Israel is enforcing a long-standing ban on Jewish prayer at the compound of Al-Aqsa mosque in Jerusalem, rejecting an Arab League accusation that it was allowing such worship to take place.
Violence at the compound, revered in Judaism as the Temple Mount and by Muslims as the Noble Sanctuary, has surged over the past week, raising concerns about a slide back into wider Israeli-Palestinian conflict.
Israeli security forces have been on high alert with the Muslim holy month of Ramadan coinciding with the Jewish holiday Passover and Christianity’s Easter.
The Arab League said Israel has broken the status quo and was allowing Jews to pray at the compound, calling it a “provocation”.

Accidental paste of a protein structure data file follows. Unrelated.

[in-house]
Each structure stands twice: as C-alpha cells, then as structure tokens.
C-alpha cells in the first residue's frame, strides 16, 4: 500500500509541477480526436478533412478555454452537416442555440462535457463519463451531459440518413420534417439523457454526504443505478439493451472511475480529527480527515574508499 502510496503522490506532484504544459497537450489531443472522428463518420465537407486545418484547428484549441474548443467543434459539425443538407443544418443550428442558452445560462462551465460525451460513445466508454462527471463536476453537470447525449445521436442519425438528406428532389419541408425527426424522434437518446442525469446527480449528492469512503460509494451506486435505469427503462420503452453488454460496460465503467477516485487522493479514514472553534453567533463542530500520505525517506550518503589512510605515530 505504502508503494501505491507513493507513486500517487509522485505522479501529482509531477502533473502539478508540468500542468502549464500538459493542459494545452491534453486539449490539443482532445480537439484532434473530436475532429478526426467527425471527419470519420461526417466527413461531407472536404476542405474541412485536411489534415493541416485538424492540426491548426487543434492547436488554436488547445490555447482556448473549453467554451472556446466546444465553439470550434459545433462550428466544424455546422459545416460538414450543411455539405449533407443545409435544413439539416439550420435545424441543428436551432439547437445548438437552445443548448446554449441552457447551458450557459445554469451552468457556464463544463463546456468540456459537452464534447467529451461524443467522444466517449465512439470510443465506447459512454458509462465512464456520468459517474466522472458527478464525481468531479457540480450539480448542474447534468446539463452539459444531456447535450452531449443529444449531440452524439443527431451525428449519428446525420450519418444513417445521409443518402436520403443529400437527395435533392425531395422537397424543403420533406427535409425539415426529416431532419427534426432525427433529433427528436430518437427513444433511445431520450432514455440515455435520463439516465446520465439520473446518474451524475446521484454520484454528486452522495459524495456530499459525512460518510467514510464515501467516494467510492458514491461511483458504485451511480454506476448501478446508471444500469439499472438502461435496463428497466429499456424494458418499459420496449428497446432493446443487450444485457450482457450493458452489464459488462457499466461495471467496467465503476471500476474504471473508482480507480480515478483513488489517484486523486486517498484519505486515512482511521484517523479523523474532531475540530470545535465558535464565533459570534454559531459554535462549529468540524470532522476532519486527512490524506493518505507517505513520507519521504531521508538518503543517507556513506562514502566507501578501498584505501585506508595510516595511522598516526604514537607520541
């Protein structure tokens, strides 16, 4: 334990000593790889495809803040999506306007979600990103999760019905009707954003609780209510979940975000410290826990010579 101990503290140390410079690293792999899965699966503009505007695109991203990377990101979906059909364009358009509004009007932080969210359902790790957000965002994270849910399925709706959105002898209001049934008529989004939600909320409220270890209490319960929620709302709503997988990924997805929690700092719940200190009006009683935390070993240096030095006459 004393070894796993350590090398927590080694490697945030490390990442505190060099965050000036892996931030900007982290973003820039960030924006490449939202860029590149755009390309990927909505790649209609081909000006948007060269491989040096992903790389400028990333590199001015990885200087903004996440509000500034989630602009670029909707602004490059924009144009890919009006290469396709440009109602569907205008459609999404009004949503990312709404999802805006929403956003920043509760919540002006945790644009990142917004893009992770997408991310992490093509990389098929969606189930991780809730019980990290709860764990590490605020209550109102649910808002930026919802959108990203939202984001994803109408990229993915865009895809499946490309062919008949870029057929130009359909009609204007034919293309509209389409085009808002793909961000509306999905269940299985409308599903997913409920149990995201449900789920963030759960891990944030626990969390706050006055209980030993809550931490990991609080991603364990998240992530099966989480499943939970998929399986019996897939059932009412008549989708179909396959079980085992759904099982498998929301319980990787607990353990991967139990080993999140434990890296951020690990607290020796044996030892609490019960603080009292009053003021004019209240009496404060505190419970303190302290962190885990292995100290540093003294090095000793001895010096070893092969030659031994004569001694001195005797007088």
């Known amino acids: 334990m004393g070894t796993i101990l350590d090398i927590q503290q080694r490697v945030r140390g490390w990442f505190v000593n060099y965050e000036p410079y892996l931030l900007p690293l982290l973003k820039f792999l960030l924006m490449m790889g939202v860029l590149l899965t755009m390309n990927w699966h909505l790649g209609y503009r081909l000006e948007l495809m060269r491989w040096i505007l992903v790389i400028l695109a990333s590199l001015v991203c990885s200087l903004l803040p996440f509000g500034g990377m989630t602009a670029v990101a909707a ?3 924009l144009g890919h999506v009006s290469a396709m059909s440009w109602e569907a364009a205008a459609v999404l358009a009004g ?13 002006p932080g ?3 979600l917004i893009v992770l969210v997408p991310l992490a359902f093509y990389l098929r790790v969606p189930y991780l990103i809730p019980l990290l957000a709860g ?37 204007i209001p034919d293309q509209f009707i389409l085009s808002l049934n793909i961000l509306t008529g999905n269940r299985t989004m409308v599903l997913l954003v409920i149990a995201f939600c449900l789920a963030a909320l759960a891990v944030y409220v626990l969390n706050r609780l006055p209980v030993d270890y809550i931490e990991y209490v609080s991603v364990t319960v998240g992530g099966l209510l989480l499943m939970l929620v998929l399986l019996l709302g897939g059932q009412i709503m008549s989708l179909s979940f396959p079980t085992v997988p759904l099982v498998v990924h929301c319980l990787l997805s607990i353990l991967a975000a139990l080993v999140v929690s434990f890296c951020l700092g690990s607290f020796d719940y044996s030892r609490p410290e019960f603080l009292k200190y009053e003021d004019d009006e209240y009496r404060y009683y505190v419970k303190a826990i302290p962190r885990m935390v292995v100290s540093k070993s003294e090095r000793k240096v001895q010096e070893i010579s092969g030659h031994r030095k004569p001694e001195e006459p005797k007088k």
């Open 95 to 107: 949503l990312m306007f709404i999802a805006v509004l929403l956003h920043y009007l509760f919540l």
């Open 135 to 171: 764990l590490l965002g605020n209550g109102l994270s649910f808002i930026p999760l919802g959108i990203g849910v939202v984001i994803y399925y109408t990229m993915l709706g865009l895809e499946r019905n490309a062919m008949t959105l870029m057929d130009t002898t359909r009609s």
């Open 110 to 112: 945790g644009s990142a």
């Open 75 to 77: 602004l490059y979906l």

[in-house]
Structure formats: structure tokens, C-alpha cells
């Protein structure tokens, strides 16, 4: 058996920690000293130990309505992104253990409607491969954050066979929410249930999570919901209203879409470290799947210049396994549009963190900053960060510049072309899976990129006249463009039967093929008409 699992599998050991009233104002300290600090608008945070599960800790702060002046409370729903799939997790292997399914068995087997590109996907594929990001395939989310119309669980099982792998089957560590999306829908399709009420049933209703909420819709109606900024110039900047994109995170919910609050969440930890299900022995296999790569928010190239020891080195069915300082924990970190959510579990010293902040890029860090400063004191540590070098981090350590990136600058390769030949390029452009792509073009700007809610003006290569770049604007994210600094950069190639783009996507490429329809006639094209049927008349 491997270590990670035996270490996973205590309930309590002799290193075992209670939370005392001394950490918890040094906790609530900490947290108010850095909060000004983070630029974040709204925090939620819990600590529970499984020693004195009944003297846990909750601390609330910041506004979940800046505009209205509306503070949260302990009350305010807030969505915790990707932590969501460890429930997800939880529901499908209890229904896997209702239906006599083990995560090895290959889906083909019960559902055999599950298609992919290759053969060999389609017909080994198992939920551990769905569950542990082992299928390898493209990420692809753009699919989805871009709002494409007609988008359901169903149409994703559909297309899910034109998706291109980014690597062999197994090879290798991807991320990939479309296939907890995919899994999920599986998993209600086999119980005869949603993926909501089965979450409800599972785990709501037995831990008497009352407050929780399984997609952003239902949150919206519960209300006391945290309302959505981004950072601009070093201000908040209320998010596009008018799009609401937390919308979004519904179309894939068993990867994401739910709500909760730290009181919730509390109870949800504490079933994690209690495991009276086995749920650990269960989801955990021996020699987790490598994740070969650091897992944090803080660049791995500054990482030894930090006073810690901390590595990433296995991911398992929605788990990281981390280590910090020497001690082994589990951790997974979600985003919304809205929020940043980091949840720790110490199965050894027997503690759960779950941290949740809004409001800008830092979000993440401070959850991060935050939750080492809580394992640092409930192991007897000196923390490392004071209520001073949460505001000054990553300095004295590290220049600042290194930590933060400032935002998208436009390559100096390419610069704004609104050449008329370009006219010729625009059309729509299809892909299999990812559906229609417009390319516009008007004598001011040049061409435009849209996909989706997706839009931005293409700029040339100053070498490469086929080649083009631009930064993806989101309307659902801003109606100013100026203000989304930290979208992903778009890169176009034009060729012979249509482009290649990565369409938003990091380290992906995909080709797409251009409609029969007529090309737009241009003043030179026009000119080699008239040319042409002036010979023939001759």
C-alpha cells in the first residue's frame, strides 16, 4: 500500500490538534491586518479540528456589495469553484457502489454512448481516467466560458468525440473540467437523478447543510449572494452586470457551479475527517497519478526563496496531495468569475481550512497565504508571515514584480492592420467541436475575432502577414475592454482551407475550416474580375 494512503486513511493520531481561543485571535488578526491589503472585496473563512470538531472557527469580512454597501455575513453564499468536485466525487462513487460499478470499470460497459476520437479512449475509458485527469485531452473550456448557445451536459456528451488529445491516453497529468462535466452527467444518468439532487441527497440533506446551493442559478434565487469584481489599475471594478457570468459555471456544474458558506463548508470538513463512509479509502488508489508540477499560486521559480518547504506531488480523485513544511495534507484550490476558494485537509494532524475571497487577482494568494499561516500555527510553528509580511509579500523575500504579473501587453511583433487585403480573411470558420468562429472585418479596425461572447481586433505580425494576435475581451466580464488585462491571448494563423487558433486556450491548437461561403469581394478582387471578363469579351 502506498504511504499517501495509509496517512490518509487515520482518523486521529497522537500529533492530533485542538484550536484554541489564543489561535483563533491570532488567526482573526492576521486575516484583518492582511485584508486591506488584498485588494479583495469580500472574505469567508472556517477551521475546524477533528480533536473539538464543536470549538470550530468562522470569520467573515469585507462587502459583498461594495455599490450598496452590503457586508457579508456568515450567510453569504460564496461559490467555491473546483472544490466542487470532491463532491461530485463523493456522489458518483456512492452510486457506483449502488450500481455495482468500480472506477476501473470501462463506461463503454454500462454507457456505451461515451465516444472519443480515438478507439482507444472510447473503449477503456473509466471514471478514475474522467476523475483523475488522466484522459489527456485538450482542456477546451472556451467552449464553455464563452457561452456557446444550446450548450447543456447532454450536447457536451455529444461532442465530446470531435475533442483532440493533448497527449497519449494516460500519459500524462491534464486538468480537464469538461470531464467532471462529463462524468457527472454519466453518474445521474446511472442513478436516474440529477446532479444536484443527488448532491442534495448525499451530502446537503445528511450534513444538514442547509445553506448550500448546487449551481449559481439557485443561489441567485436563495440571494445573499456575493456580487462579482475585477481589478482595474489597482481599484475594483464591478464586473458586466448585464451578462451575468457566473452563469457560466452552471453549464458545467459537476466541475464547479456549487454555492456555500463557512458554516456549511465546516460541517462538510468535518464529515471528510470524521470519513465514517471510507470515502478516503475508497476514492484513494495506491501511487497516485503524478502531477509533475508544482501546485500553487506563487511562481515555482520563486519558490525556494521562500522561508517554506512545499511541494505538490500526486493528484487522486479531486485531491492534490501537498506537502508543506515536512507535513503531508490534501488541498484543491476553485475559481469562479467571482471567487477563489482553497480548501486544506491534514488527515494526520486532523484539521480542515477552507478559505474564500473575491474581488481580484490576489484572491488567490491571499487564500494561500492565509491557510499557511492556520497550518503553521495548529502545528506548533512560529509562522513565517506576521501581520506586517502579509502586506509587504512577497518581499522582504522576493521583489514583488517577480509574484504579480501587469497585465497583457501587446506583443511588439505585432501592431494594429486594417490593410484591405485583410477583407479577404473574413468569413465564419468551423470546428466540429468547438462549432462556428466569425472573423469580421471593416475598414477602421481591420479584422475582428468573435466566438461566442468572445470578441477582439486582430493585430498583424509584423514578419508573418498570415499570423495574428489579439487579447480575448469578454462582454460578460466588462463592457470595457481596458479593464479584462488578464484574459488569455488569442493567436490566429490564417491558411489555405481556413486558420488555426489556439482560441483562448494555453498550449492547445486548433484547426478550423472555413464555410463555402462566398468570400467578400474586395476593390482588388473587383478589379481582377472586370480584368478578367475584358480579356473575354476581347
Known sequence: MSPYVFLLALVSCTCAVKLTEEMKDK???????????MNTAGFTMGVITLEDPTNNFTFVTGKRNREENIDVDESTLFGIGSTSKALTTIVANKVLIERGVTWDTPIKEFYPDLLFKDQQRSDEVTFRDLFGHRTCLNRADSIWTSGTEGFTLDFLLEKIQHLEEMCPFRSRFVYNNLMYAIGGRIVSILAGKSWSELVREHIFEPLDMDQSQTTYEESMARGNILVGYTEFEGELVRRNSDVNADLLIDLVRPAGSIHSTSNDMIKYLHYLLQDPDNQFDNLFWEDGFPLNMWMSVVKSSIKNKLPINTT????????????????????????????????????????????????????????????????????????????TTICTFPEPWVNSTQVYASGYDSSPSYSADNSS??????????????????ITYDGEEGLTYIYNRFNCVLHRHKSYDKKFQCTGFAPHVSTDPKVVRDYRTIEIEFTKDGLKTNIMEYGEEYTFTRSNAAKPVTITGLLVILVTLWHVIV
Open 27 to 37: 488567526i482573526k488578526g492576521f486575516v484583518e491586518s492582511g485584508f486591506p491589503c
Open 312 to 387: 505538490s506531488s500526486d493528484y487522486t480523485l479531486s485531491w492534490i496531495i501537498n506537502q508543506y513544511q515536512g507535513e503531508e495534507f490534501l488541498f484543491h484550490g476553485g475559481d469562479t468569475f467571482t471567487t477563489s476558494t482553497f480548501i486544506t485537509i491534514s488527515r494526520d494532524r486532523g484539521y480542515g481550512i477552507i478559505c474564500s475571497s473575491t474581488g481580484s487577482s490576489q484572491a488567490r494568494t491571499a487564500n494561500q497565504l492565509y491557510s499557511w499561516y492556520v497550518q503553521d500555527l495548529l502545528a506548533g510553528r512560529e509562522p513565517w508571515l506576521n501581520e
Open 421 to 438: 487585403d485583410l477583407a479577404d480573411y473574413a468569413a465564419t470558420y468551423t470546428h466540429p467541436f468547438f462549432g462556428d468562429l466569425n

Israel, however, said there has been no change in its long-standing ban on Jewish prayer at the flashpoint site.
“Israel is maintaining the status quo, which includes the freedom of prayer for Muslims and the right to visit for non-Muslims. The police enforce the ban on Jewish prayer,” Lior Haiat, a spokesman for Israel’s Foreign Ministry, said on Thursday.
“Over the last few years, Israel is not allowing Jews to visit the Temple Mount during the last 10 days of Ramadan to prevent any friction,” he said.
That 10-day period starts on Friday.
Read the article by Ari Rabinovitch, Nidal Al-Mughrabi and Ali Sawafta in The Canberra Times.